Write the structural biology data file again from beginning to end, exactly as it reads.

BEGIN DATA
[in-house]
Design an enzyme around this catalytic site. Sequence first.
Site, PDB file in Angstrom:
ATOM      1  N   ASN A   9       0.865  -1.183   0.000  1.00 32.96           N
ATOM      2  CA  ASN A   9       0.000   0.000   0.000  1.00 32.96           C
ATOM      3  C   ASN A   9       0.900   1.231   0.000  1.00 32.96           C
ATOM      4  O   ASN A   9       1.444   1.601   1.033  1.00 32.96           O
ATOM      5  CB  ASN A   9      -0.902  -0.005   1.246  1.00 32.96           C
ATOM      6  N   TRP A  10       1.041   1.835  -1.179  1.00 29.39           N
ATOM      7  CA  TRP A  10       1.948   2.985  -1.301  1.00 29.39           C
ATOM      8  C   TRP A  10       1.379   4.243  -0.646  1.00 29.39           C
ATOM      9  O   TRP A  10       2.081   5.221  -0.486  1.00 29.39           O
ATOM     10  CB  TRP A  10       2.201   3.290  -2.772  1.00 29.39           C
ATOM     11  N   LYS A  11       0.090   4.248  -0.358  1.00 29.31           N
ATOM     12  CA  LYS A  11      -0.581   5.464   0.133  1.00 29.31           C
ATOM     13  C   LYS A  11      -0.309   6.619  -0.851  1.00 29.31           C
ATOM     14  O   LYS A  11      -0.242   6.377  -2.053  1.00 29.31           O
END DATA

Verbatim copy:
[in-house]
Design an enzyme around this catalytic site. Sequence first.
Site, PDB file in Angstrom:
ATOM      1  N   ASN A   9       0.865  -1.183   0.000  1.00 32.96           N
ATOM      2  CA  ASN A   9       0.000   0.000   0.000  1.00 32.96           C
ATOM      3  C   ASN A   9       0.900   1.231   0.000  1.00 32.96           C
ATOM      4  O   ASN A   9       1.444   1.601   1.033  1.00 32.96           O
ATOM      5  CB  ASN A   9      -0.902  -0.005   1.246  1.00 32.96           C
ATOM      6  N   TRP A  10       1.041   1.835  -1.179  1.00 29.39           N
ATOM      7  CA  TRP A  10       1.948   2.985  -1.301  1.00 29.39           C
ATOM      8  C   TRP A  10       1.379   4.243  -0.646  1.00 29.39           C
ATOM      9  O   TRP A  10       2.081   5.221  -0.486  1.00 29.39           O
ATOM     10  CB  TRP A  10       2.201   3.290  -2.772  1.00 29.39           C
ATOM     11  N   LYS A  11       0.090   4.248  -0.358  1.00 29.31           N
ATOM     12  CA  LYS A  11      -0.581   5.464   0.133  1.00 29.31           C
ATOM     13  C   LYS A  11      -0.309   6.619  -0.851  1.00 29.31           C
ATOM     14  O   LYS A  11      -0.242   6.377  -2.053  1.00 29.31           O